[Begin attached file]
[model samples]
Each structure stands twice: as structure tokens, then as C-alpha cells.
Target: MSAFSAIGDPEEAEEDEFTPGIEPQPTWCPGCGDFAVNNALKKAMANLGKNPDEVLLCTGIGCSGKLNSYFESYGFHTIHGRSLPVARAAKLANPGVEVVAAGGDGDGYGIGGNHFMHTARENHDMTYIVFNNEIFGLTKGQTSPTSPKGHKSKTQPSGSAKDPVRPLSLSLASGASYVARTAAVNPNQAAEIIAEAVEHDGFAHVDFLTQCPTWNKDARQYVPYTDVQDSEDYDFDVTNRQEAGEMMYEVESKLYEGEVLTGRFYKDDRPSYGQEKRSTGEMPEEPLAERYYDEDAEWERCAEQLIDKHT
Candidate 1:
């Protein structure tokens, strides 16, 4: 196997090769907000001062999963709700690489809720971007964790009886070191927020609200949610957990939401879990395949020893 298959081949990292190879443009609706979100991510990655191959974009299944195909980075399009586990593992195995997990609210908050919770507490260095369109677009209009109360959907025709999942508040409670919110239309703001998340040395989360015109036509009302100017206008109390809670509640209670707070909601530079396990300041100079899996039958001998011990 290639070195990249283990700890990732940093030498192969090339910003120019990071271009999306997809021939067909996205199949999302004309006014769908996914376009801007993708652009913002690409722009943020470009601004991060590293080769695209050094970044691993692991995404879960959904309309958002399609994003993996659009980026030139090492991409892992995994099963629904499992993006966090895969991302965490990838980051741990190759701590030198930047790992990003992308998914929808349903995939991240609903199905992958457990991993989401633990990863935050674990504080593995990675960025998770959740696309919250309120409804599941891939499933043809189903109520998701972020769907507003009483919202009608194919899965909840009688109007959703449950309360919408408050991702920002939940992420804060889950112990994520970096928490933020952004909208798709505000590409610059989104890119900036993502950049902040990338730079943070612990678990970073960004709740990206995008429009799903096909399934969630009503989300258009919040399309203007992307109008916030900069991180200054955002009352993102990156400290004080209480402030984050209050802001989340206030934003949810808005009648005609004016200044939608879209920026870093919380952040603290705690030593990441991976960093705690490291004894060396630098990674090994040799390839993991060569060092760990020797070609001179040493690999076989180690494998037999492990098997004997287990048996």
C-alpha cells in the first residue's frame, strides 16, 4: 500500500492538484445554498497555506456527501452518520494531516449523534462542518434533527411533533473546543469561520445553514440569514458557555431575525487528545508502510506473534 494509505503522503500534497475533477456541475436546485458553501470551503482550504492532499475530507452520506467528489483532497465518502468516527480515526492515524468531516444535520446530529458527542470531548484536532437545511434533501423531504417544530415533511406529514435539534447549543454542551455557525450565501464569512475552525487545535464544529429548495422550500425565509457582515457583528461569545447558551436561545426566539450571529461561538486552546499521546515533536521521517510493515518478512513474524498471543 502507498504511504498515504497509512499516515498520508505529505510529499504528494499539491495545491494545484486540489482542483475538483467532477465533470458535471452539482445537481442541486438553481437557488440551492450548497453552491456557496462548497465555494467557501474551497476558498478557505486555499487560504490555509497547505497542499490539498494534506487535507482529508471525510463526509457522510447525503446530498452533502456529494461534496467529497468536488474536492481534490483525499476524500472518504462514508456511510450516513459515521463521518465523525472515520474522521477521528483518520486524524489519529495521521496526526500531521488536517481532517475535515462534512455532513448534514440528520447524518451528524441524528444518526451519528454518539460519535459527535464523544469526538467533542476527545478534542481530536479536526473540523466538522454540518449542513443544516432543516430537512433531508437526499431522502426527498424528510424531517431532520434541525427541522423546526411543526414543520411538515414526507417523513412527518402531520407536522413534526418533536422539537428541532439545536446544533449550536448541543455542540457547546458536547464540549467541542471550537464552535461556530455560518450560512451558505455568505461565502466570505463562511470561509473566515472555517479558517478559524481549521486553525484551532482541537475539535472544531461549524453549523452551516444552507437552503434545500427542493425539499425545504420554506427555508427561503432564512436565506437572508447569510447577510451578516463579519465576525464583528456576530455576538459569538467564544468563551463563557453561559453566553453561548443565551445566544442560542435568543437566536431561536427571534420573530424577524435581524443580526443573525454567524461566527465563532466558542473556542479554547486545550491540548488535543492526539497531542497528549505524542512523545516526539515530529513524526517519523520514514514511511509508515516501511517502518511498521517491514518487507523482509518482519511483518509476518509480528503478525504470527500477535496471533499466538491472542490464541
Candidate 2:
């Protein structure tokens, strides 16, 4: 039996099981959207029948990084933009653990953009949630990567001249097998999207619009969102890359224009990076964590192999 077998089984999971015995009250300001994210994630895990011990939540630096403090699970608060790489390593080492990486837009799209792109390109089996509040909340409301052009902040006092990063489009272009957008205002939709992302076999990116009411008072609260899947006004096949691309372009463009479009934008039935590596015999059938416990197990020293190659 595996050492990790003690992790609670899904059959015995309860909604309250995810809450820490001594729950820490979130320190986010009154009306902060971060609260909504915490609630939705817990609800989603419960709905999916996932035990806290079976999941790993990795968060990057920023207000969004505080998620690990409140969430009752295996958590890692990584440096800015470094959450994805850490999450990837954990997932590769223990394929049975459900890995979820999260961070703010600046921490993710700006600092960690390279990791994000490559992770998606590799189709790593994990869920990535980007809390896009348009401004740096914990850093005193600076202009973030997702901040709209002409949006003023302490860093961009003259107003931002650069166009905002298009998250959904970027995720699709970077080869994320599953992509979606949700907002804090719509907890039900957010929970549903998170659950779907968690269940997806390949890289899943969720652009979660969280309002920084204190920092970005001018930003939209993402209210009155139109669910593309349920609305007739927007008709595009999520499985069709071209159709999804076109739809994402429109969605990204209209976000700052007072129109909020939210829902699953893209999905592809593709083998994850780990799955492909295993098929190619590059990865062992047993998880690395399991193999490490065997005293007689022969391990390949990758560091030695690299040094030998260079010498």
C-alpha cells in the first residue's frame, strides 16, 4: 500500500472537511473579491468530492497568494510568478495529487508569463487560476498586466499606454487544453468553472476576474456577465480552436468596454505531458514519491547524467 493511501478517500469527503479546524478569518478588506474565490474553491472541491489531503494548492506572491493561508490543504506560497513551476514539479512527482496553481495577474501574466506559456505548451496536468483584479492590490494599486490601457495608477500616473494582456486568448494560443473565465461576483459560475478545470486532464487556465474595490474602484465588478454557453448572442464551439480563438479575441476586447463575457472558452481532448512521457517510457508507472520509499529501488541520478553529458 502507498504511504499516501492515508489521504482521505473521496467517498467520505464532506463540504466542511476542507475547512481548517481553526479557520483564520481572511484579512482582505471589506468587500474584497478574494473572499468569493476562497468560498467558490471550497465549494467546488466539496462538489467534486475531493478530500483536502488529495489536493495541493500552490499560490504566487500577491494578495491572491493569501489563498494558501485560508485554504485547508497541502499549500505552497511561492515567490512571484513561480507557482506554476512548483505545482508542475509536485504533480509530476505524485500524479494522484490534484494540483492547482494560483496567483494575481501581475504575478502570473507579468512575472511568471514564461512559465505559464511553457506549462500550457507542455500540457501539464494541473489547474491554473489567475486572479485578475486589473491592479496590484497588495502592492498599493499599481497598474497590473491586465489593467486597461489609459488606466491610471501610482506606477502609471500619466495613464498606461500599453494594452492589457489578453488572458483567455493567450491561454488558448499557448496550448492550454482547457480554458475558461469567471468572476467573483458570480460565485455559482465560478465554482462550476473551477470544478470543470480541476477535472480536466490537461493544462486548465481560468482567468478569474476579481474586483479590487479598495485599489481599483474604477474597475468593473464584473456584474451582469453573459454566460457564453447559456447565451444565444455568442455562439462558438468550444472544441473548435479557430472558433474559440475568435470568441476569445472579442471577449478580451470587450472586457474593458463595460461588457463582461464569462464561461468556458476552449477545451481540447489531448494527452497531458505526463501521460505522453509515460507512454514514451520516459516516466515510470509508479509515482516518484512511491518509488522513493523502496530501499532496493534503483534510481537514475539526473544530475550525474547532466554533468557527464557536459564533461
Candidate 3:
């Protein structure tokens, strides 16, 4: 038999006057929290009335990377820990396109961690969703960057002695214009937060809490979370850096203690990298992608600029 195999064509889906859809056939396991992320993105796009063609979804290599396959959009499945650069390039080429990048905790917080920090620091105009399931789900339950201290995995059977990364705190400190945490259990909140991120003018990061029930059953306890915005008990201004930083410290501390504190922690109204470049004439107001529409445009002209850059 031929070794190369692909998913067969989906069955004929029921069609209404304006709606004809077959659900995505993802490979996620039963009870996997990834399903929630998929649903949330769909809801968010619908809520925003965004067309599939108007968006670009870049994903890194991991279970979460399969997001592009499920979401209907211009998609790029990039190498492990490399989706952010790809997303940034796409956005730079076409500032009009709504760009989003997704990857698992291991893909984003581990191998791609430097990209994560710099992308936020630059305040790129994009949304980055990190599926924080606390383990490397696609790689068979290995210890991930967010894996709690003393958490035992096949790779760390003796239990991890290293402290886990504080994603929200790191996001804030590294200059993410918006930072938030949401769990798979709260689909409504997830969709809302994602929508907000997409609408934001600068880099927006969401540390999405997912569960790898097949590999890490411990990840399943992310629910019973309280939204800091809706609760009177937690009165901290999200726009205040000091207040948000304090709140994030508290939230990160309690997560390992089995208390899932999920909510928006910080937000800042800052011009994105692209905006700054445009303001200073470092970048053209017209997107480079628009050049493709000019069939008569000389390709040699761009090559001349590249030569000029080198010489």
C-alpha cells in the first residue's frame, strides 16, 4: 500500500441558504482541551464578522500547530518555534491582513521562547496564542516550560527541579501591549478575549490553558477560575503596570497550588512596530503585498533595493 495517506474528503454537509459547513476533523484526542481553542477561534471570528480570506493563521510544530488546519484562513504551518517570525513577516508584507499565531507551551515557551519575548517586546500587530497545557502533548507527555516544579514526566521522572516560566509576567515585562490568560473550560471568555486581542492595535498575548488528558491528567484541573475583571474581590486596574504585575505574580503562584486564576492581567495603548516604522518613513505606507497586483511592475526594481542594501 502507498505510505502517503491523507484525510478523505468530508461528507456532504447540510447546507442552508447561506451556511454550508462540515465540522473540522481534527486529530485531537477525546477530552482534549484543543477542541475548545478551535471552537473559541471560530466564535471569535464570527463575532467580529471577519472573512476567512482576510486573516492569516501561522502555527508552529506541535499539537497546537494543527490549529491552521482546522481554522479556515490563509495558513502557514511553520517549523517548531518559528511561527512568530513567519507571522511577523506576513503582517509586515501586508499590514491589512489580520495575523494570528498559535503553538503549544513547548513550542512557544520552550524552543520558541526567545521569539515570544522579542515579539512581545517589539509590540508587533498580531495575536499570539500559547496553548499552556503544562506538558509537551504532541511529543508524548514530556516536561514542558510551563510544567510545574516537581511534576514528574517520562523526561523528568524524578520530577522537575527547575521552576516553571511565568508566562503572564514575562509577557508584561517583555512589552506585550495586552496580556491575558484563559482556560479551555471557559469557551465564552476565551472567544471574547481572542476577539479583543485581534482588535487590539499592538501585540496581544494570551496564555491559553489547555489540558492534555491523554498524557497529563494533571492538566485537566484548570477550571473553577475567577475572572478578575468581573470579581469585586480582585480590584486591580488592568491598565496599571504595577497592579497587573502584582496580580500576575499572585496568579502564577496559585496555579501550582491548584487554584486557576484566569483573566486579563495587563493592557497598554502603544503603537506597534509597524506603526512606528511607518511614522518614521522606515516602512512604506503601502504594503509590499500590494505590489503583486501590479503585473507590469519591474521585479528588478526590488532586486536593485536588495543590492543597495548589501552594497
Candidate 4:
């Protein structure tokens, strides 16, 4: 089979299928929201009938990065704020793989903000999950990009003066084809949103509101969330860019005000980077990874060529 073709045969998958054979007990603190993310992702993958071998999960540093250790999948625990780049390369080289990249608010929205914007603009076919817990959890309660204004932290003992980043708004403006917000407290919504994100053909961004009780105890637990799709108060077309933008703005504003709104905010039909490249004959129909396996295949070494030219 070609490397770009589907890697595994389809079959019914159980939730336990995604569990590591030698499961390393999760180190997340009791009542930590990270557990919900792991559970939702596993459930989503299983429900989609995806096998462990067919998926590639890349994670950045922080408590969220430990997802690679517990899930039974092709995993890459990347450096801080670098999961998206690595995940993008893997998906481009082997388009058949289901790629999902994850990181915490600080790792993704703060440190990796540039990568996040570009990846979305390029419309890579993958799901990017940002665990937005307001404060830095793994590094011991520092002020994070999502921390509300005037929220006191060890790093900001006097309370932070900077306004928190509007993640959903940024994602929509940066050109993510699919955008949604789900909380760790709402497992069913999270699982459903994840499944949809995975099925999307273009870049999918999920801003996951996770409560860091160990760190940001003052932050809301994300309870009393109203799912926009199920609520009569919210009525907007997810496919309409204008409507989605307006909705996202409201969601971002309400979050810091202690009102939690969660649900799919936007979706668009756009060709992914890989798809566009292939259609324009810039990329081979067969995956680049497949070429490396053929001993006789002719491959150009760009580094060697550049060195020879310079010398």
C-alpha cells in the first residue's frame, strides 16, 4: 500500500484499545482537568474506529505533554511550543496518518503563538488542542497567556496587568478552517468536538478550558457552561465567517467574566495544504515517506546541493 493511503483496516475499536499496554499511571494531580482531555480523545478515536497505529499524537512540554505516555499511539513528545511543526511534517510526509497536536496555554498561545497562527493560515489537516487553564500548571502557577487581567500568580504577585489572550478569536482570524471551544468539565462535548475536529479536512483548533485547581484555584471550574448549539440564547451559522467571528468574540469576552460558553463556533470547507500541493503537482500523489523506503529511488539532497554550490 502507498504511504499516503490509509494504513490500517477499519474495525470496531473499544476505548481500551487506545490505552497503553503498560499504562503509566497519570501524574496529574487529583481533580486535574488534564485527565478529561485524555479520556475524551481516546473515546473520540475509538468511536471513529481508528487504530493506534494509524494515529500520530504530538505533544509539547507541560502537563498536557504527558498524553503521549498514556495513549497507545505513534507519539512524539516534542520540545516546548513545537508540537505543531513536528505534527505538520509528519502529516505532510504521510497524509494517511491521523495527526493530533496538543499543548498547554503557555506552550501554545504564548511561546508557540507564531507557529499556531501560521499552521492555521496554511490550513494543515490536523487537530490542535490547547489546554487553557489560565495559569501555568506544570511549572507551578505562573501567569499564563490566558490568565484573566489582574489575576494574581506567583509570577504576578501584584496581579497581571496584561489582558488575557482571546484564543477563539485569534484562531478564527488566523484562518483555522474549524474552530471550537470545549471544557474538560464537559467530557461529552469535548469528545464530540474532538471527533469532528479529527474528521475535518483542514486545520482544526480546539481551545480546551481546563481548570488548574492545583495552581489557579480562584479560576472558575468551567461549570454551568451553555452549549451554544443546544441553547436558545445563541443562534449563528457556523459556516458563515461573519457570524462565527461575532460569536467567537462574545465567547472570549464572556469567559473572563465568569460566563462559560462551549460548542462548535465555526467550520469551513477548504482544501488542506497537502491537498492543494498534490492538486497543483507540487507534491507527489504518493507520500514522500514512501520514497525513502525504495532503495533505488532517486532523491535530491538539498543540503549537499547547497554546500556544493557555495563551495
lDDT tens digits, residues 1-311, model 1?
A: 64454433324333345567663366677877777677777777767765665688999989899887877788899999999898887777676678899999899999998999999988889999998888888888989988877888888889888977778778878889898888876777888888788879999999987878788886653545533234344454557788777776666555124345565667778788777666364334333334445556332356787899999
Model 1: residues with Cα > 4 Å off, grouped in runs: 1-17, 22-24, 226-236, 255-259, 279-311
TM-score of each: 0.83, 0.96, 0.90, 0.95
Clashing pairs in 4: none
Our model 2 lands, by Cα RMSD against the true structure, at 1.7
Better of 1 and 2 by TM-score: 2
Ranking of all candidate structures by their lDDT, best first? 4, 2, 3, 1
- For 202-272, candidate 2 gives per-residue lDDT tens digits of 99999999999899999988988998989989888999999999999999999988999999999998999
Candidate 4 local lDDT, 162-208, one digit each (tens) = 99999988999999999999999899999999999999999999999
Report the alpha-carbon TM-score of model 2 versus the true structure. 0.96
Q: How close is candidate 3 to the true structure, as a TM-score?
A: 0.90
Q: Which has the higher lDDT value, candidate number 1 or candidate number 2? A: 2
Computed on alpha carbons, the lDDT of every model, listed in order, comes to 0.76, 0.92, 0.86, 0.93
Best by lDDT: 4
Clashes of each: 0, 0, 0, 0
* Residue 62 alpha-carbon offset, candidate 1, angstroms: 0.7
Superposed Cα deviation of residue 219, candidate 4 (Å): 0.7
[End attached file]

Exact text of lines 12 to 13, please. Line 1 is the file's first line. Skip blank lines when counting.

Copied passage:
C-alpha cells in the first residue's frame, strides 16, 4: 500500500441558504482541551464578522500547530518555534491582513521562547496564542516550560527541579501591549478575549490553558477560575503596570497550588512596530503585498533595493 495517506474528503454537509459547513476533523484526542481553542477561534471570528480570506493563521510544530488546519484562513504551518517570525513577516508584507499565531507551551515557551519575548517586546500587530497545557502533548507527555516544579514526566521522572516560566509576567515585562490568560473550560471568555486581542492595535498575548488528558491528567484541573475583571474581590486596574504585575505574580503562584486564576492581567495603548516604522518613513505606507497586483511592475526594481542594501 502507498505510505502517503491523507484525510478523505468530508461528507456532504447540510447546507442552508447561506451556511454550508462540515465540522473540522481534527486529530485531537477525546477530552482534549484543543477542541475548545478551535471552537473559541471560530466564535471569535464570527463575532467580529471577519472573512476567512482576510486573516492569516501561522502555527508552529506541535499539537497546537494543527490549529491552521482546522481554522479556515490563509495558513502557514511553520517549523517548531518559528511561527512568530513567519507571522511577523506576513503582517509586515501586508499590514491589512489580520495575523494570528498559535503553538503549544513547548513550542512557544520552550524552543520558541526567545521569539515570544522579542515579539512581545517589539509590540508587533498580531495575536499570539500559547496553548499552556503544562506538558509537551504532541511529543508524548514530556516536561514542558510551563510544567510545574516537581511534576514528574517520562523526561523528568524524578520530577522537575527547575521552576516553571511565568508566562503572564514575562509577557508584561517583555512589552506585550495586552496580556491575558484563559482556560479551555471557559469557551465564552476565551472567544471574547481572542476577539479583543485581534482588535487590539499592538501585540496581544494570551496564555491559553489547555489540558492534555491523554498524557497529563494533571492538566485537566484548570477550571473553577475567577475572572478578575468581573470579581469585586480582585480590584486591580488592568491598565496599571504595577497592579497587573502584582496580580500576575499572585496568579502564577496559585496555579501550582491548584487554584486557576484566569483573566486579563495587563493592557497598554502603544503603537506597534509597524506603526512606528511607518511614522518614521522606515516602512512604506503601502504594503509590499500590494505590489503583486501590479503585473507590469519591474521585479528588478526590488532586486536593485536588495543590492543597495548589501552594497
Candidate 4: